By Frances Schwartzkopff
The CEO of Danske Bank has apologised for management’s failure to prevent criminals from using his firm to launder billions of dollars in illicit funds over many years.
The apology follows an unusually harshly worded public reprimand by the financial regulator.
The Danish government said management’s failings were “unforgivable” and the central bank warned that the reputation of the whole country was at risk. “I’m very sorry on behalf of all stakeholders,” Danske CEO Thomas Borgen said in an interview.
He also said the bank is “in a very different place today” with considerably more focus on preventing money laundering.
Danske is the largest bank in the North courtsesy of its purchase of Northern Bank and National Irish Bank 15 years ago. In the Republic, it is running down its loan books and sold its tracker mortgages to a vulture fund.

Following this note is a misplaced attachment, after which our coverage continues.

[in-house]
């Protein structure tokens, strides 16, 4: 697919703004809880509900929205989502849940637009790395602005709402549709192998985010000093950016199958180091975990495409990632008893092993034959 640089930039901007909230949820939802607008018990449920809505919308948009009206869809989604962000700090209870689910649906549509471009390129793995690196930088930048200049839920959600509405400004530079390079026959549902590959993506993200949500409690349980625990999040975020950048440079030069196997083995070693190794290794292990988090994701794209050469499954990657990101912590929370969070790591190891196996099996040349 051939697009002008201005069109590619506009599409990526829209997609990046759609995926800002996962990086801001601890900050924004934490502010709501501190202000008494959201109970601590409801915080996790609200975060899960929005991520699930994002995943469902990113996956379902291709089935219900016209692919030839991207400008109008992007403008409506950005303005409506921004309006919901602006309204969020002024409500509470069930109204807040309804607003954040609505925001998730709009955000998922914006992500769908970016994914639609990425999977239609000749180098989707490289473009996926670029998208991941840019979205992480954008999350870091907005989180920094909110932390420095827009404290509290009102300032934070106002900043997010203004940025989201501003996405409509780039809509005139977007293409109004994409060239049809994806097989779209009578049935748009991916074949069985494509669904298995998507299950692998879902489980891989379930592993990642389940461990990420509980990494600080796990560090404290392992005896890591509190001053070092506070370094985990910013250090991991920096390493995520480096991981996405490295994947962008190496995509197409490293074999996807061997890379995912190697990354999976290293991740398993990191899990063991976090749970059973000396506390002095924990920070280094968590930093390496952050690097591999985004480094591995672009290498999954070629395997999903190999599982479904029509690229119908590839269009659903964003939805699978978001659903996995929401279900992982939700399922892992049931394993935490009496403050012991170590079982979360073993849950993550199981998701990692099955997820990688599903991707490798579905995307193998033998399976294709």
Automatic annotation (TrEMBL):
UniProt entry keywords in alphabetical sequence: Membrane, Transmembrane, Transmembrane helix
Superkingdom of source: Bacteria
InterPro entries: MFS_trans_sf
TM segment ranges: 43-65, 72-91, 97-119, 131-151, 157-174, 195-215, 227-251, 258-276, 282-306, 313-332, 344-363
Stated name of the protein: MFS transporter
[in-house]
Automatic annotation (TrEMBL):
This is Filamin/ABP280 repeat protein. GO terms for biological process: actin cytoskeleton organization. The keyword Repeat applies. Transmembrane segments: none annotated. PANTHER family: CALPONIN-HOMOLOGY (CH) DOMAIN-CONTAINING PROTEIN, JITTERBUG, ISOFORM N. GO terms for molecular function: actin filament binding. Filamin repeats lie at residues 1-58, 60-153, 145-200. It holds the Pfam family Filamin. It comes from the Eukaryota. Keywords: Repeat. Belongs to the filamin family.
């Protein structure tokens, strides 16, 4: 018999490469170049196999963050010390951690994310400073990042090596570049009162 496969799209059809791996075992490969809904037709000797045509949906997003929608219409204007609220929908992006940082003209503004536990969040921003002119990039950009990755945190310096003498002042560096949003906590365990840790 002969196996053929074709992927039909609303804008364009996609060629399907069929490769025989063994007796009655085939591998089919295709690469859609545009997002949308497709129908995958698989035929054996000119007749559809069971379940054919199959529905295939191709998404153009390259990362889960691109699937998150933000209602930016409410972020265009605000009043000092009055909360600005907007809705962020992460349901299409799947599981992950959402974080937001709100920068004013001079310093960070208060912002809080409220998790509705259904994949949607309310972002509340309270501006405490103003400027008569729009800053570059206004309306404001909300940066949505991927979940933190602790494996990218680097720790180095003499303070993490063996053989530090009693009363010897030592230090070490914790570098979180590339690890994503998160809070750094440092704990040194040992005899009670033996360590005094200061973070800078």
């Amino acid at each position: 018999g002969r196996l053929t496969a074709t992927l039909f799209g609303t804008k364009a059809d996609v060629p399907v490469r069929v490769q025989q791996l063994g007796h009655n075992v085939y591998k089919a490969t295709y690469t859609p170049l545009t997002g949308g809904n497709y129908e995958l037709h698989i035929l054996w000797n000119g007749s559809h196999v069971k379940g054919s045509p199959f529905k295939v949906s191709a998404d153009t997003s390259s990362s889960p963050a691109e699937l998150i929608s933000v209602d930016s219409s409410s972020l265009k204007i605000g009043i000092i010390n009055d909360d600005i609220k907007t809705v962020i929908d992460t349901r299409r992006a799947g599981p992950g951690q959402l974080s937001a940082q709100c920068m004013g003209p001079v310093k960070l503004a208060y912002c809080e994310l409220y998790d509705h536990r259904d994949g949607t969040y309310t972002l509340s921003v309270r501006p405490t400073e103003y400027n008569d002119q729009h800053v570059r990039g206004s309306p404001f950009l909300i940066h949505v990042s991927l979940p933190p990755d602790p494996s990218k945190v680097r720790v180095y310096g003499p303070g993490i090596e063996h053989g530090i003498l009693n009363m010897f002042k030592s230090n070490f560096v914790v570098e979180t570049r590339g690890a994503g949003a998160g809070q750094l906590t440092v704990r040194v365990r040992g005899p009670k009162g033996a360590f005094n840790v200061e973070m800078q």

The Danish Financial Supervisory Authority said Danske’s management failed on multiple counts to act in compliance with the rules.
The assessment followed reports by the Berlingske newspaper that Danske was used as a laundromat by criminals, including entities with ties to Russian President Vladimir Putin, the Russian security service, FSB, as well as members of the Azeri regime.
The money laundering, alleged to have taken place between 2010 to 2014, was done via Danske’s operations in Estonia, which have since been terminated.
“It’s no doubt that we should have understood the depth and the breadth of the issues in Estonia better, faster than we did,” Mr Borgen said.
The failures led to reputational damage for Danske and for the financial sector.
Bloomberg. Additional reporting Irish Examiner